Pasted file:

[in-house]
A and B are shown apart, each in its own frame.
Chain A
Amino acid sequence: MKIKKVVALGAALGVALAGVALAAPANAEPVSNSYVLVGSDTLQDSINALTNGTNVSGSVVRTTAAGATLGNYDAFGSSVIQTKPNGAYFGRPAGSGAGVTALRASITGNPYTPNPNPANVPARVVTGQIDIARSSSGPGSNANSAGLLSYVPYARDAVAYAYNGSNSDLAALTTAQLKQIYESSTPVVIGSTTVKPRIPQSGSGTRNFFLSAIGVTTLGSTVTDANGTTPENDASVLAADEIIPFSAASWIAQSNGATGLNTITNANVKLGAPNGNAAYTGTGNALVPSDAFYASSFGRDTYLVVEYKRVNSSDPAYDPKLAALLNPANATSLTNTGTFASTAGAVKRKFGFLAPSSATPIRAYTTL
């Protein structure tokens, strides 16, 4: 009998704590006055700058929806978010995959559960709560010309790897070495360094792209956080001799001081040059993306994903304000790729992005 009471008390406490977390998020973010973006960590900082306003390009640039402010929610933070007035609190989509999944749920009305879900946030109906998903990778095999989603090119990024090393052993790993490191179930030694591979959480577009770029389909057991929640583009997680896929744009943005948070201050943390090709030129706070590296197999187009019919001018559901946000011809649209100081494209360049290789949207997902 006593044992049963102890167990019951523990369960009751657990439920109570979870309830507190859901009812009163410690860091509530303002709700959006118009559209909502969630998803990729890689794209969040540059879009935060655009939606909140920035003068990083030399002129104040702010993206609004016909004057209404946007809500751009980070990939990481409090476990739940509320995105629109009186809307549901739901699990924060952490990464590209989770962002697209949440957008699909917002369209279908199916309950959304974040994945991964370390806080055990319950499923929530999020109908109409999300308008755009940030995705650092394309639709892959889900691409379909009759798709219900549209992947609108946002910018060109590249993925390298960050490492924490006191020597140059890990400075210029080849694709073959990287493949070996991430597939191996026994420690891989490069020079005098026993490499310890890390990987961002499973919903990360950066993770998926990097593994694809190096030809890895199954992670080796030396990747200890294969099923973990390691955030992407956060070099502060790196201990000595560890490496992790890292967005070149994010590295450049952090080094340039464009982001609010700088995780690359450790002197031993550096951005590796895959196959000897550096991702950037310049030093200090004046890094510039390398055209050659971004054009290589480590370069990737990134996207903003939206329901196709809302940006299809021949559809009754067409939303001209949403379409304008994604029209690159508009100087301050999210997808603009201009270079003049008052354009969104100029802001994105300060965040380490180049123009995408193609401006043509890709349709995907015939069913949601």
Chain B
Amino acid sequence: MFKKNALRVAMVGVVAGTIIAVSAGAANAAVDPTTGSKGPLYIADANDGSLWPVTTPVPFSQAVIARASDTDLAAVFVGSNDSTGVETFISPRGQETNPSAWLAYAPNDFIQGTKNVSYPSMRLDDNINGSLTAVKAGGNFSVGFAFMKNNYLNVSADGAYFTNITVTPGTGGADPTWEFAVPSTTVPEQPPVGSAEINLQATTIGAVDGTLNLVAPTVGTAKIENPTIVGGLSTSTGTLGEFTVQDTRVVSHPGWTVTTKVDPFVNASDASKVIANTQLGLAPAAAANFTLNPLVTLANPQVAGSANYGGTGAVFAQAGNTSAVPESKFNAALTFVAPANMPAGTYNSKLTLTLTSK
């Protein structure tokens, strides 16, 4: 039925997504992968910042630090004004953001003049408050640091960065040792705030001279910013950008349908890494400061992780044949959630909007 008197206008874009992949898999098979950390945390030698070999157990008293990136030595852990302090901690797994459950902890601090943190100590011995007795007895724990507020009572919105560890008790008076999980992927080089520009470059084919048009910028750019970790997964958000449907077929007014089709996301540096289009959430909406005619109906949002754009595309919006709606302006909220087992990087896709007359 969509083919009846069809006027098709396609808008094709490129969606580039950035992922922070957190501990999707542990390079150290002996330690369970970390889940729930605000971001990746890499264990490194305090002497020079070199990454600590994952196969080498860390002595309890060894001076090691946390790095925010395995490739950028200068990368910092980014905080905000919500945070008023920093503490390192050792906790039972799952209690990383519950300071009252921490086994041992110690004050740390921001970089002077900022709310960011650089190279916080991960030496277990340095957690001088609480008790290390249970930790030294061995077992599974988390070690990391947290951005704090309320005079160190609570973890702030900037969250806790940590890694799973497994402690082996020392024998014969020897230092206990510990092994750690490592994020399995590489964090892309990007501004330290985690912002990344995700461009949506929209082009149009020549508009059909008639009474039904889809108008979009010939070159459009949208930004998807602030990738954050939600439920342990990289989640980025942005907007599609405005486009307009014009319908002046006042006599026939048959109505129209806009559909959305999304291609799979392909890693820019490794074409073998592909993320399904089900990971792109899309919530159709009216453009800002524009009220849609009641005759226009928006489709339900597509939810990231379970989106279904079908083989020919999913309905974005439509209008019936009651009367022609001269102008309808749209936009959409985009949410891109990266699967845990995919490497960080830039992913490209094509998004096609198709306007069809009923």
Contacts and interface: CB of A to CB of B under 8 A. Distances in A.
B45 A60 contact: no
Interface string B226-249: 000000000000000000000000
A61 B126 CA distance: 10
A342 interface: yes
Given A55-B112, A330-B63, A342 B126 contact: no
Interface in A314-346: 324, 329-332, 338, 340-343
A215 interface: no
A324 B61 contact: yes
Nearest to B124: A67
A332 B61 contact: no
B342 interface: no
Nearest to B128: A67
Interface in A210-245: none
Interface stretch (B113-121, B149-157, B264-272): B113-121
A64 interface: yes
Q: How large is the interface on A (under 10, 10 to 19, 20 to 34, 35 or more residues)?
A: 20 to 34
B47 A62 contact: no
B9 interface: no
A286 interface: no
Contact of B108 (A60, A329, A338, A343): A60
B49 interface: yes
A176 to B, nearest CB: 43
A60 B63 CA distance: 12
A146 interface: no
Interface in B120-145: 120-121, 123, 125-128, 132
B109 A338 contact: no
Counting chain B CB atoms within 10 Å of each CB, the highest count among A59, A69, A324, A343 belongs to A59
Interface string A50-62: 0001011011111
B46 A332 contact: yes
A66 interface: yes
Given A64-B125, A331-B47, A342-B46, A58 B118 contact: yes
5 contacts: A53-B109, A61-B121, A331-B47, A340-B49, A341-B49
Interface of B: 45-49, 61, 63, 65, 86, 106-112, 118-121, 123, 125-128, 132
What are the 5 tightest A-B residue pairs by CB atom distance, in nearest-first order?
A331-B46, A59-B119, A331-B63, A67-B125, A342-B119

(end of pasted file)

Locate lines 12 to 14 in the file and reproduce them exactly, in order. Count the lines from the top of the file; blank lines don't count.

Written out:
A61 B126 CA distance: 10
A342 interface: yes
Given A55-B112, A330-B63, A342 B126 contact: no